Malignant pleural mesothelioma is a particularly aggressive form of cancer that affects the membranes of the lungs and chest wall. Often diagnosed at an advanced stage it generally has a very poor prognosis, leaving sufferers with difficulty breathing, fatigue, weight loss and a cough.
Doctors have previously warned that death rates from mesothelioma will not peak until the middle to the end of this decade, but the 2013 figures are already high at 2,538. Health and Safety Executive statistics show that the majority of victims are men, and predict those who previously worked in construction are now the group most at risk.
Extensive incubation time for the disease to take hold
It’s not unusual for several decades to pass before a victim starts to experience discomfort, and incubation times of 60 years have been known. The likelihood of an increase in mesothelioma deaths has been described as a ‘time bomb,’ due to a combination of this long latency period and the extensive use of asbestos during the 1950s, 60s and 70s.
Construction and shipbuilding workers are most likely to have been exposed to asbestos at some time during their working life, and with little or no protection from the dust and fibres, the likelihood of some form of asbestos-related disease developing is high.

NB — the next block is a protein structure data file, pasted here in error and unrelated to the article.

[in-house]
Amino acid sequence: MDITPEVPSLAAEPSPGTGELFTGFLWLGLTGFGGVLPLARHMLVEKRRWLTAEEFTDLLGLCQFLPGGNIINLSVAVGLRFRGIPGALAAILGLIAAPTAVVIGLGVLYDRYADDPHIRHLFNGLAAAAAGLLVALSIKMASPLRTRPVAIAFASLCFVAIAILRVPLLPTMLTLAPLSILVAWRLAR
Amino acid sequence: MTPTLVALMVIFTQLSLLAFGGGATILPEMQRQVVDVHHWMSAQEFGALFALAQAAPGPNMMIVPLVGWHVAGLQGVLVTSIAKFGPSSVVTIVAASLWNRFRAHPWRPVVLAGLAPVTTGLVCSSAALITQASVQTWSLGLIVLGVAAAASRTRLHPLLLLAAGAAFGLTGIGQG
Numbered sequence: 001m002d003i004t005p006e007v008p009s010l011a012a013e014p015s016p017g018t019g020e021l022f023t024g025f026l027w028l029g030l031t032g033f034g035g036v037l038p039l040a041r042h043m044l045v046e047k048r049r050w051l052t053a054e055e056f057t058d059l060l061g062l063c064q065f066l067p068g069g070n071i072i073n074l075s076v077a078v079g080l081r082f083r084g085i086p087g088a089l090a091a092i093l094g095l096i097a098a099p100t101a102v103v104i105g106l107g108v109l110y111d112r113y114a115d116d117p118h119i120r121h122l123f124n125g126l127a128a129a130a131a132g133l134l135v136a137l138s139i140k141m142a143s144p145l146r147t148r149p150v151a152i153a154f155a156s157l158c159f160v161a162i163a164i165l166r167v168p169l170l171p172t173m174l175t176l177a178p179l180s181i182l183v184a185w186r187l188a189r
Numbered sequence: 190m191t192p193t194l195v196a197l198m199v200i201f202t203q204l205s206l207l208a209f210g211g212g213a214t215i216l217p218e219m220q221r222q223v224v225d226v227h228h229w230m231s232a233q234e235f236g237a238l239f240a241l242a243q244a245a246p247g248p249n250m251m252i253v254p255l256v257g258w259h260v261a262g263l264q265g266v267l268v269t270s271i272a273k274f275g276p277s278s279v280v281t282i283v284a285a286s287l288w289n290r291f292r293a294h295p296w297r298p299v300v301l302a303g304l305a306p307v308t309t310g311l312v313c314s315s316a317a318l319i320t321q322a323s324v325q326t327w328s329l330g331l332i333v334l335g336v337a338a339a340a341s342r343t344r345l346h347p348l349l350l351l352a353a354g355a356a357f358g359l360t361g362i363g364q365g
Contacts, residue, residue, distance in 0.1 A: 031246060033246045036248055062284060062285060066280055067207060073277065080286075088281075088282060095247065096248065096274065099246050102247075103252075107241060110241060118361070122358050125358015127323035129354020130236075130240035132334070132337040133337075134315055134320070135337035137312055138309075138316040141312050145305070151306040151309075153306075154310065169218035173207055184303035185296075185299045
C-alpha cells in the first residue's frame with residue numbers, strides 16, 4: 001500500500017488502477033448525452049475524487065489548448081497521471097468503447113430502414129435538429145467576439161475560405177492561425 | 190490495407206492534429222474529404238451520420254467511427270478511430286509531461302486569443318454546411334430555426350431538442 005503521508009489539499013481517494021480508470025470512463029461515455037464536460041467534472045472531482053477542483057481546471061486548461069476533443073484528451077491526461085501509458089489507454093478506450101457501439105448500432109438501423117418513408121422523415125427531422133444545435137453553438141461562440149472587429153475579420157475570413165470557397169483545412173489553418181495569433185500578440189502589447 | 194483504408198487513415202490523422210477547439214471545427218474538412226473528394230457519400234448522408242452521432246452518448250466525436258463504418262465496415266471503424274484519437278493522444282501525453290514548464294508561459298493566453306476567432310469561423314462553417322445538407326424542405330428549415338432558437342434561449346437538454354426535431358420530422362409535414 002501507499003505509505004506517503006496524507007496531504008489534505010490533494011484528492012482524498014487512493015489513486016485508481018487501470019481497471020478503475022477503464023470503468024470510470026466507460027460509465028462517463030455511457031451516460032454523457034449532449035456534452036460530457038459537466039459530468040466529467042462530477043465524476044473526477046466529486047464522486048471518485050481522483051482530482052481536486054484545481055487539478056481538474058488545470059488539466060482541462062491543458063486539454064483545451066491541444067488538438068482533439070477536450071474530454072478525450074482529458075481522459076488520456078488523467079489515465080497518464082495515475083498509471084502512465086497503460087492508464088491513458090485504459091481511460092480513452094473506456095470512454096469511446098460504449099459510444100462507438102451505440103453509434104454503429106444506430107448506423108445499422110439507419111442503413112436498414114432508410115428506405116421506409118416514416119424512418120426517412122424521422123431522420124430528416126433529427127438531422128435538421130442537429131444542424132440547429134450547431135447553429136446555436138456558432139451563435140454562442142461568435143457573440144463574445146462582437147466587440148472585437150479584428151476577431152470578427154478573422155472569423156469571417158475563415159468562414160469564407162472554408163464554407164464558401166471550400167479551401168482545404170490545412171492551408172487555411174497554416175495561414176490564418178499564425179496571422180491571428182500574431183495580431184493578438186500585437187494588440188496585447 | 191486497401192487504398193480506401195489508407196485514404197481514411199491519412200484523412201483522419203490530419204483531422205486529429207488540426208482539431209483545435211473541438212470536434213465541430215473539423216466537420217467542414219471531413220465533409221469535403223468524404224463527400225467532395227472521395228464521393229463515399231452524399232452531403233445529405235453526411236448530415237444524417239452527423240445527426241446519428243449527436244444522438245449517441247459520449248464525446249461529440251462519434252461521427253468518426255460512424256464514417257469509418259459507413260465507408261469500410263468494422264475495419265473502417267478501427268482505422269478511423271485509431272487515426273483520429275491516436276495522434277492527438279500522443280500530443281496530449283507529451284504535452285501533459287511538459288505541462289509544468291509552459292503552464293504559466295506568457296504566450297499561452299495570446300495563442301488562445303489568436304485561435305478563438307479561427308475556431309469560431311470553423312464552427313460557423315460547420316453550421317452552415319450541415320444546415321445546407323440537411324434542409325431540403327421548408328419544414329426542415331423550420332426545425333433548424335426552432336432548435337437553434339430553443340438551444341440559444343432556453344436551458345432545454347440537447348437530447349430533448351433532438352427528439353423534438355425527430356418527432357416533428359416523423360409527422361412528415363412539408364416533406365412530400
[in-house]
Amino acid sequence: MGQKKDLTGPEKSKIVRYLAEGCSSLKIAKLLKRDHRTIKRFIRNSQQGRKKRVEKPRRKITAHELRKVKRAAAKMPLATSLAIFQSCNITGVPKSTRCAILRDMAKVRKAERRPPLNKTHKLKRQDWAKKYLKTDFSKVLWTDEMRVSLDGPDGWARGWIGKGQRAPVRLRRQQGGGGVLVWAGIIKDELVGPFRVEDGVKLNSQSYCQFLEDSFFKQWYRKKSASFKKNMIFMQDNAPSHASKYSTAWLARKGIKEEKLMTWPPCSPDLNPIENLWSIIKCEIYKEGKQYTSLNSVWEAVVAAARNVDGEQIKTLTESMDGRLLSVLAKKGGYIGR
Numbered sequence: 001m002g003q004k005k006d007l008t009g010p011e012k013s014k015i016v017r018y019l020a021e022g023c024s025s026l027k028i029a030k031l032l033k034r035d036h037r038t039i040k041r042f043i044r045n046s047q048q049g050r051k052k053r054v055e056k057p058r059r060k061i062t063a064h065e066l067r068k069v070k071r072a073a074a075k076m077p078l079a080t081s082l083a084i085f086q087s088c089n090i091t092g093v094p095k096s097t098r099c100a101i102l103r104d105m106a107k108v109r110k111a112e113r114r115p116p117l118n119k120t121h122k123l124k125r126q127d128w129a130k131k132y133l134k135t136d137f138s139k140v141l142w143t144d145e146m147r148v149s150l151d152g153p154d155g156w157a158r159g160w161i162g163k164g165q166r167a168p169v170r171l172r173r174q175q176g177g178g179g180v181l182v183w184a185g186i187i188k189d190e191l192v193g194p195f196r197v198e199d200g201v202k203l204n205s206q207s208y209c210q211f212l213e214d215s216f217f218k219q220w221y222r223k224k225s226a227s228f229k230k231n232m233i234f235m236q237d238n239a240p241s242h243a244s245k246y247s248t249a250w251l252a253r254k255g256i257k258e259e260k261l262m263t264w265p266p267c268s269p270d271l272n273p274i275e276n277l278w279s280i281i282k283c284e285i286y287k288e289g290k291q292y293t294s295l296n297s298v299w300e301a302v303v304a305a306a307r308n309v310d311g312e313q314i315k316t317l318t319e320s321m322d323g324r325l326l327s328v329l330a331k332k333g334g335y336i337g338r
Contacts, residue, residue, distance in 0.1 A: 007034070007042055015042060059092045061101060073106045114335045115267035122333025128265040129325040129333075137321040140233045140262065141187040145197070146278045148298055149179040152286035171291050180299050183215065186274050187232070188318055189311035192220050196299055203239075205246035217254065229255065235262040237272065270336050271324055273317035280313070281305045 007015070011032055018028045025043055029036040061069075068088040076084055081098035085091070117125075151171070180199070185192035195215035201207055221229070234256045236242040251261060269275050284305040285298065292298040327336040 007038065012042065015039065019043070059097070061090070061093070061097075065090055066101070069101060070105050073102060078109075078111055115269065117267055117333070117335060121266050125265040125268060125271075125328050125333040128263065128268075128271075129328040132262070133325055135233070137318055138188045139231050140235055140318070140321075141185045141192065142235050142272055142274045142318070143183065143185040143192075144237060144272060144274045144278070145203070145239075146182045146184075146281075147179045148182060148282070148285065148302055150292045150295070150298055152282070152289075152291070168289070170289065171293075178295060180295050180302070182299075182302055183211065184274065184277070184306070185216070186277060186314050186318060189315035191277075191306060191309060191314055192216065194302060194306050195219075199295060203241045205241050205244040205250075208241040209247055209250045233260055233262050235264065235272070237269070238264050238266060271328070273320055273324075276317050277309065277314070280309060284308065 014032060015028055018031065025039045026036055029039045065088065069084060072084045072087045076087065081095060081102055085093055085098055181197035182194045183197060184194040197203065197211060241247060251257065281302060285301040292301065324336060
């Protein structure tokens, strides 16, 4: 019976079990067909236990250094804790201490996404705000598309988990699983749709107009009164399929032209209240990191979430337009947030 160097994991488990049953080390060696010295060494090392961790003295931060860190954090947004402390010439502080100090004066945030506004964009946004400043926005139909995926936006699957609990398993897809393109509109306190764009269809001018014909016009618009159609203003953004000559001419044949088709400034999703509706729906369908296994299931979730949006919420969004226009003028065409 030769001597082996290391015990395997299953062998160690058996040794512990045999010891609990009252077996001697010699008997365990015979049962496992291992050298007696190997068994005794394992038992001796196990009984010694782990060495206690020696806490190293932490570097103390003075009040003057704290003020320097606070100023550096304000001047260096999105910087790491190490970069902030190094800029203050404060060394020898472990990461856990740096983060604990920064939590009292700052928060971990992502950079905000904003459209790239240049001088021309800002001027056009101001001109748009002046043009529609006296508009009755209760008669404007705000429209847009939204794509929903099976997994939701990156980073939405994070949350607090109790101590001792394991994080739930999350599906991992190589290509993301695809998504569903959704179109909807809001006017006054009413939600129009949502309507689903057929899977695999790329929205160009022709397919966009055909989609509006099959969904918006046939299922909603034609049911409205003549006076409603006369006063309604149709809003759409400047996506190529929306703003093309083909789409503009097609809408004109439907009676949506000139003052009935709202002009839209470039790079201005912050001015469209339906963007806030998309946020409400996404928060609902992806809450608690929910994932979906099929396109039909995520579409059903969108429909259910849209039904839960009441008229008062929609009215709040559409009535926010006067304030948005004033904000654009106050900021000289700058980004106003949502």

During the time between asbestos exposure and diagnosis, asbestos fibres will have lodged within the lungs, and as they cannot be broken down, made their way to the pleural membrane where disease is set up.
Brown and blue asbestos said to be the most dangerous
Amosite, or brown asbestos, has long sharp fibres that are easily broken off and therefore more likely to be inhaled. With its heat resistant capacity, amosite was often used as thermal insulation, and to protect against fire.
The most dangerous form of asbestos is said to be crocidolite, or blue asbestos, however, and is characterised by long rod-like fibres that are said to be the strongest type. This form of asbestos was widely used in the building industry, within partition walling, as loft and floor insulation, and sprayed coatings.
Ongoing research and clinical trials
Mesothelioma is currently incurable, although laboratory testing of new drugs is ongoing in the hope that sufferers’ survival time will be extended following chemotherapy.
A common prognosis is between one and three years, with those diagnosed early having a better chance of successfully responding to chemotherapy treatment. Mesothelioma UK provides the funding for specialist mesothelioma nurses in the NHS, and for ongoing research into the disease.
Government funding of £5 million has also been earmarked for a national mesothelioma research centre in the UK. Asbestos campaigner, Lord Alton, expressed his hope for the future:
“There are possibilities that are opening up and the exciting chance to create a global ‘hub-and-spoke’ national mesothelioma research institute. The British Lung Foundation has been able to instigate research projects which have opened up extraordinary possibilities. By working with researchers in other areas of therapy, it has gained new expertise and insights.”